The only change that has been made to Prime Minister's Questions is to change it from two 15 minute sessions per week to one 30-minute session on Wednesdays. The government says that the longer session leads to a more informed and fairer debate. The opposition says that there are fewer opportunities to put scrutinise the prime minister. Many outside observers think it's still the same outdated occasion where the parties sling mud at each other.
WHAT THE MANIFESTO SAID:
"Ministerial accountability will be reviewed so as to remove recent abuses."
CONCLUSION: PLEDGE NOT MET
Critics say that this was an extremely vague commitment. The best public guide to its completion is the reissued Ministerial Code. This document was criticised by the Public Administration Committee for not properly clarifying issues of accountability.
WHAT THE MANIFESTO SAID:
"The process for scrutinising European legislation will be overhauled."
CONCLUSION: PARTIALLY MET
The Commons agreed in 1998 to widen the scope of European legislation which may be considered by the Commons to include documents brought forward under all three pillars of the European Union, rather than that brought forward purely through the European Commission. The Select Committee on European Legislation has become the European Scrutiny Committee and three European Standing Committees were established. However, the government also built into this resolution the right to override or expedite scrutiny of legislation in certain circumstances.
WHAT THE MANIFESTO SAID:
"The Nolan recommendations will be fully implemented and extended to all public bodies."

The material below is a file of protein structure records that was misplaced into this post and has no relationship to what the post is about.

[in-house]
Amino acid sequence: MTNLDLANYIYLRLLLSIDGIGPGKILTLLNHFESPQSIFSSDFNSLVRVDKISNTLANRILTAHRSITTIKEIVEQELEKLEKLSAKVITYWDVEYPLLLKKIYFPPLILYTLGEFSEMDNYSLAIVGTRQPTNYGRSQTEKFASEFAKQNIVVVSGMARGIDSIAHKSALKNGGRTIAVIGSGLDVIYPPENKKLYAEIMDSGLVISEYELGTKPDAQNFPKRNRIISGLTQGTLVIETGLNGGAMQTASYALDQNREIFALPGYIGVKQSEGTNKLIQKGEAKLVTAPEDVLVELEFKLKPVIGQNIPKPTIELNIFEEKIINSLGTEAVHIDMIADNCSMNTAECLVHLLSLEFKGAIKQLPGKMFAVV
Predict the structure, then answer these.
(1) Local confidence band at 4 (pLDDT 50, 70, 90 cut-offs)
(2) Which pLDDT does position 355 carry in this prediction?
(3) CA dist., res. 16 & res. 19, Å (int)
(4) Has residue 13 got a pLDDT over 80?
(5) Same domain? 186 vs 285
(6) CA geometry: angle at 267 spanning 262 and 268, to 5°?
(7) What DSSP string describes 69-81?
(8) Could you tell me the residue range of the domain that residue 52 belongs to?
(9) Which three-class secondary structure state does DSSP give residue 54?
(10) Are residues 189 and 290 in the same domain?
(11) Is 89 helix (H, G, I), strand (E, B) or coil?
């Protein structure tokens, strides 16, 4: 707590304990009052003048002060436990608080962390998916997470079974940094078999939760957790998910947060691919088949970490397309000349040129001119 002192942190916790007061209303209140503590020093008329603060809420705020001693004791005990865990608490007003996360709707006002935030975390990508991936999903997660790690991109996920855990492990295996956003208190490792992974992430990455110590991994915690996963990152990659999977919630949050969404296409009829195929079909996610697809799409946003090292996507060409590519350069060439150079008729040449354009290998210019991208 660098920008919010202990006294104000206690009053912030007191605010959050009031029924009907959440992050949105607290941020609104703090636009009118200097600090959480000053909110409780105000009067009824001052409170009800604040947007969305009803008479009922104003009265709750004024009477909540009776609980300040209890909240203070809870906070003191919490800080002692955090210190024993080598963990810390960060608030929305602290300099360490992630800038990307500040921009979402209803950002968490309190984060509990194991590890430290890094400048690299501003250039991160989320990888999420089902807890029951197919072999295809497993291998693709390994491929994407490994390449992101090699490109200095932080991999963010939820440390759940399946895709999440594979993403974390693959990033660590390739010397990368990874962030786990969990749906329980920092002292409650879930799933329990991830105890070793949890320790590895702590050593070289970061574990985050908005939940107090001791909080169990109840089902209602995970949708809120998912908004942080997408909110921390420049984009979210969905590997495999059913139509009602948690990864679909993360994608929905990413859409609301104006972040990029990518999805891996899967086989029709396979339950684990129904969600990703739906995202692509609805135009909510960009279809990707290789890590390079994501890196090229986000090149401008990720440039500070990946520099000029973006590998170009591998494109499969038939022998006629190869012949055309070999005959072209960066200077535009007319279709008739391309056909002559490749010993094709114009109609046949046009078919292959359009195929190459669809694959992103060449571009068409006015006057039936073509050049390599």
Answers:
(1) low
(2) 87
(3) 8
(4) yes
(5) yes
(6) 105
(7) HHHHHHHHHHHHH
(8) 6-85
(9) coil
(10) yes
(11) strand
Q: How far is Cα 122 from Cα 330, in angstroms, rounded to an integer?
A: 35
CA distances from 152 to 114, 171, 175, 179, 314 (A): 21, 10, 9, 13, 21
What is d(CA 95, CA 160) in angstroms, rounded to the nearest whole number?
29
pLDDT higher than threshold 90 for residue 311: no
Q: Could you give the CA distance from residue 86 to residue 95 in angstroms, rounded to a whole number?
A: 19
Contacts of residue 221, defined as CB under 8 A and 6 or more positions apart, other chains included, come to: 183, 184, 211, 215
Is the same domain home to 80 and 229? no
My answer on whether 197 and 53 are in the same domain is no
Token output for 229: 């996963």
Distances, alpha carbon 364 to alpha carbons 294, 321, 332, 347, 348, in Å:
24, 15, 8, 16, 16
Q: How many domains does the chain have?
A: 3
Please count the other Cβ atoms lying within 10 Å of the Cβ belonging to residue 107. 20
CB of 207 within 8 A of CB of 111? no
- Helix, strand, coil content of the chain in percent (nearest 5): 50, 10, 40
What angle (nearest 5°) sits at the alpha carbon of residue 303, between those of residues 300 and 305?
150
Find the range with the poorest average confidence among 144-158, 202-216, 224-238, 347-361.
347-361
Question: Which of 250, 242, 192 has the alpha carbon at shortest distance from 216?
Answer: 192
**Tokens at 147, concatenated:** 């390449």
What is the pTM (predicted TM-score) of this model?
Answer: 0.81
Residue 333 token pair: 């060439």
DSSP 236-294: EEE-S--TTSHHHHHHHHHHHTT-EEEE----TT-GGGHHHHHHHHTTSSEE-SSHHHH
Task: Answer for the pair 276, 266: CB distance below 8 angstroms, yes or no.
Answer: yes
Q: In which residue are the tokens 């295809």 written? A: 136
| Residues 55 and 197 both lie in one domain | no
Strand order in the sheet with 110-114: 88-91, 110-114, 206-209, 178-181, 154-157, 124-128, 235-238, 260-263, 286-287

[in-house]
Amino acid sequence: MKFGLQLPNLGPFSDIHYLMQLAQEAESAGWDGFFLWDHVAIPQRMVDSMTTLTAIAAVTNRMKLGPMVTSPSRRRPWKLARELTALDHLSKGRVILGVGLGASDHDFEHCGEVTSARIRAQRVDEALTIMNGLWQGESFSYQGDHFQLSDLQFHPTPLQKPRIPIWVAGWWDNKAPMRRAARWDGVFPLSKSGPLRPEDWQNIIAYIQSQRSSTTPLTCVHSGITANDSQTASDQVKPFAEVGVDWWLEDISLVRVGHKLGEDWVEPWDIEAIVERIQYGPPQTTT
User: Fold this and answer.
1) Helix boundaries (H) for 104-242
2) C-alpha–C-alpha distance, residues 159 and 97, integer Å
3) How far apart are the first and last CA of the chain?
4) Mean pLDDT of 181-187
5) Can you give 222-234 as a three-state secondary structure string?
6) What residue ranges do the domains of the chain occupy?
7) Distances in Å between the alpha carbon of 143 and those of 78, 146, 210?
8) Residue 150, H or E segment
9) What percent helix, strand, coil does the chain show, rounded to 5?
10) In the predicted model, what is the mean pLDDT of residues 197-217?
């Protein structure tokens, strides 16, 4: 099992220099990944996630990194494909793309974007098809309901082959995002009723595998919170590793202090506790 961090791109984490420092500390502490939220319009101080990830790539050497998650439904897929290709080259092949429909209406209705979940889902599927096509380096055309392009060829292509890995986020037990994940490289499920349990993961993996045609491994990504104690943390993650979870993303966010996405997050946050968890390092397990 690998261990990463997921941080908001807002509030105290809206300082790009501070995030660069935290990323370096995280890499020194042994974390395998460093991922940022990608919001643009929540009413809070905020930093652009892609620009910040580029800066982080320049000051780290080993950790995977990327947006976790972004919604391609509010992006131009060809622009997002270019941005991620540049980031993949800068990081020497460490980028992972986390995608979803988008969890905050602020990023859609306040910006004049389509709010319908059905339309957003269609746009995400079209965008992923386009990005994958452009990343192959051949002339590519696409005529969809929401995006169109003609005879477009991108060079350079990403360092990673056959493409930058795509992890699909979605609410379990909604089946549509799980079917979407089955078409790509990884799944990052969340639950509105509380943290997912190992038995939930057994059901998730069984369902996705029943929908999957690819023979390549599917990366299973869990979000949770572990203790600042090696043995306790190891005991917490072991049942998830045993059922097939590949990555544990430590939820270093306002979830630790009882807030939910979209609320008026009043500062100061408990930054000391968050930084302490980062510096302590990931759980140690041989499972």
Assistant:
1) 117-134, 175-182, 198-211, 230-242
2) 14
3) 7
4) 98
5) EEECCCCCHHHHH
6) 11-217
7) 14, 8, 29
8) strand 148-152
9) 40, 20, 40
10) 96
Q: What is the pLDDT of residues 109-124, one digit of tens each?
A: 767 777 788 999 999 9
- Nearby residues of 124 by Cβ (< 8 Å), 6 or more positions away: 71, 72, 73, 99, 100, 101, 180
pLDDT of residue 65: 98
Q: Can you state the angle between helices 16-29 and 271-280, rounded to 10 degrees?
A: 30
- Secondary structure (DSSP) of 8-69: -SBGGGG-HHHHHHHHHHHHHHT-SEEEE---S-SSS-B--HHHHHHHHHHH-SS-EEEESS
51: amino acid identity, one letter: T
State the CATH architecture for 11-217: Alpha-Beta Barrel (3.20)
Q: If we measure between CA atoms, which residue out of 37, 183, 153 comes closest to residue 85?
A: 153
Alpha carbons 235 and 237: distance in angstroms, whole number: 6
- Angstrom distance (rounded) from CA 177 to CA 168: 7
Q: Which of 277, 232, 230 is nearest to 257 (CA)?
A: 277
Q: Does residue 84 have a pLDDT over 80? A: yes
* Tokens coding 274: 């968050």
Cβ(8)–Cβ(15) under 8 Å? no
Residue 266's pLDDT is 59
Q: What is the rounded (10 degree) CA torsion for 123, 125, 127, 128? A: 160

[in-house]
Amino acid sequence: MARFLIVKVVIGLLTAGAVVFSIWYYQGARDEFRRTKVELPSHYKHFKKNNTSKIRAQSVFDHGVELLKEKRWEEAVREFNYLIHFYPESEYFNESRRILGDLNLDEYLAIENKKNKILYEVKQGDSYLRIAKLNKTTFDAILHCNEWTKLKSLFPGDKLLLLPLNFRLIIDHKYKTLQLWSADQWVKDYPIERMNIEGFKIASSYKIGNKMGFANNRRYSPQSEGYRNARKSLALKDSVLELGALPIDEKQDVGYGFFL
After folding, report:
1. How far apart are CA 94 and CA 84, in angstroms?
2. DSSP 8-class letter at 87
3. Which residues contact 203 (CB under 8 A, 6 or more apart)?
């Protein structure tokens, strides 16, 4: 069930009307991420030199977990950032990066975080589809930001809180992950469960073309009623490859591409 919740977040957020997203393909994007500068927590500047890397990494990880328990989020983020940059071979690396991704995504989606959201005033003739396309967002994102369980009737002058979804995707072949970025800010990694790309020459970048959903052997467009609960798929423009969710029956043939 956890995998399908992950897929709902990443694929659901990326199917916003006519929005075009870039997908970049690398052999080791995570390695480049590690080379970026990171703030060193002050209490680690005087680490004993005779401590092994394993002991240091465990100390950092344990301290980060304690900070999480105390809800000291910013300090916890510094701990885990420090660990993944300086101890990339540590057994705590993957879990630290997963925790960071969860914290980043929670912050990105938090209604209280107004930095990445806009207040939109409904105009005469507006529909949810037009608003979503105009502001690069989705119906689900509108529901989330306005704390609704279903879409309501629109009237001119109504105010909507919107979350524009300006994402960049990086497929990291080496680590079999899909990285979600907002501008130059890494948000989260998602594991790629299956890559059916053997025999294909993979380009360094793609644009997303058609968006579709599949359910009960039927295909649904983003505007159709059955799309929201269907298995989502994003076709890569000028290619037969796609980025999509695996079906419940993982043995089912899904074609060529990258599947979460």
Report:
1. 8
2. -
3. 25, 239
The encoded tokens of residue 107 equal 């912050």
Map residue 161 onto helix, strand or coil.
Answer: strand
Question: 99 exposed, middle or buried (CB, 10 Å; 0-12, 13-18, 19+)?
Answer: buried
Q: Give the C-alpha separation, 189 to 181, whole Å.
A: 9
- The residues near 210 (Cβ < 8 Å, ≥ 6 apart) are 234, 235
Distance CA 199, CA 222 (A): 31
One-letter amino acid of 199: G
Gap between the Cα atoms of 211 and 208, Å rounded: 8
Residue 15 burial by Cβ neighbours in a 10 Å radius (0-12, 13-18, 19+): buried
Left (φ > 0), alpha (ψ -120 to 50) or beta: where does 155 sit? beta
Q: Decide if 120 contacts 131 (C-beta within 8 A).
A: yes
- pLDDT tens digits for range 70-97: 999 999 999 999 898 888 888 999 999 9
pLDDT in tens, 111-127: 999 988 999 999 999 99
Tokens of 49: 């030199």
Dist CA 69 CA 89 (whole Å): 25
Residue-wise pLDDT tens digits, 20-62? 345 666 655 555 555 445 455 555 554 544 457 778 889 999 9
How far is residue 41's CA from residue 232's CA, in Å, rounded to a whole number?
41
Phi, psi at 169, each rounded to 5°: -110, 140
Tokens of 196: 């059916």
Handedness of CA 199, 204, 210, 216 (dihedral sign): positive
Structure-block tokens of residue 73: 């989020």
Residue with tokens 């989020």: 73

CONCLUSION: PLEDGE NOT MET
Although the government has reiterated its intention to legislate in this area, no formal steps have actually been taken. A 2001 report by the Public Administration select committee found that there were ongoing accountability issues with non-departmental bodies.
WHAT THE MANIFESTO SAID:
"We will oblige parties to declare the source of all donations above a minimum figure..."
CONCLUSION: PLEDGE MET
Parties must now declare donations of more than 5,000 to their central offices, as well as declaring donations over 1,000 to local or constituency parties. This has not stopped Labour's opponents from pursuing allegations of under-the-counter sleaze against the party as both the Bernie Ecclestone and Lakshmi Mittal controversies have shown.
WHAT THE MANIFESTO SAID:
"Foreign funding [of political parties] will be banned."
CONCLUSION: PARTIALLY MET
There are some restrictions under European Community law limiting the extent of restriction. Companies registered in another member state but carrying out some business in the UK can still make donations to UK parties. Candidates in Northern Ireland are exempt from all restrictions.
WHAT THE MANIFESTO SAID:
"We are committed to a referendum on the voting system for the House of Commons. An independent commission on voting systems will be appointed early to recommend a proportional alternative to the first-past-the-post system."
CONCLUSION: PLEDGE NOT MET
The Jenkins Commission produced its report on a new voting system in October 1998. The Government has not held a referendum on the subject.
WHAT THE MANIFESTO SAID:
"We are pledged to a Freedom of Information Act, leading to more open government."
CONCLUSION: PLEDGE MET
The Freedom of Information Act received Royal Assent on 30 November 2000.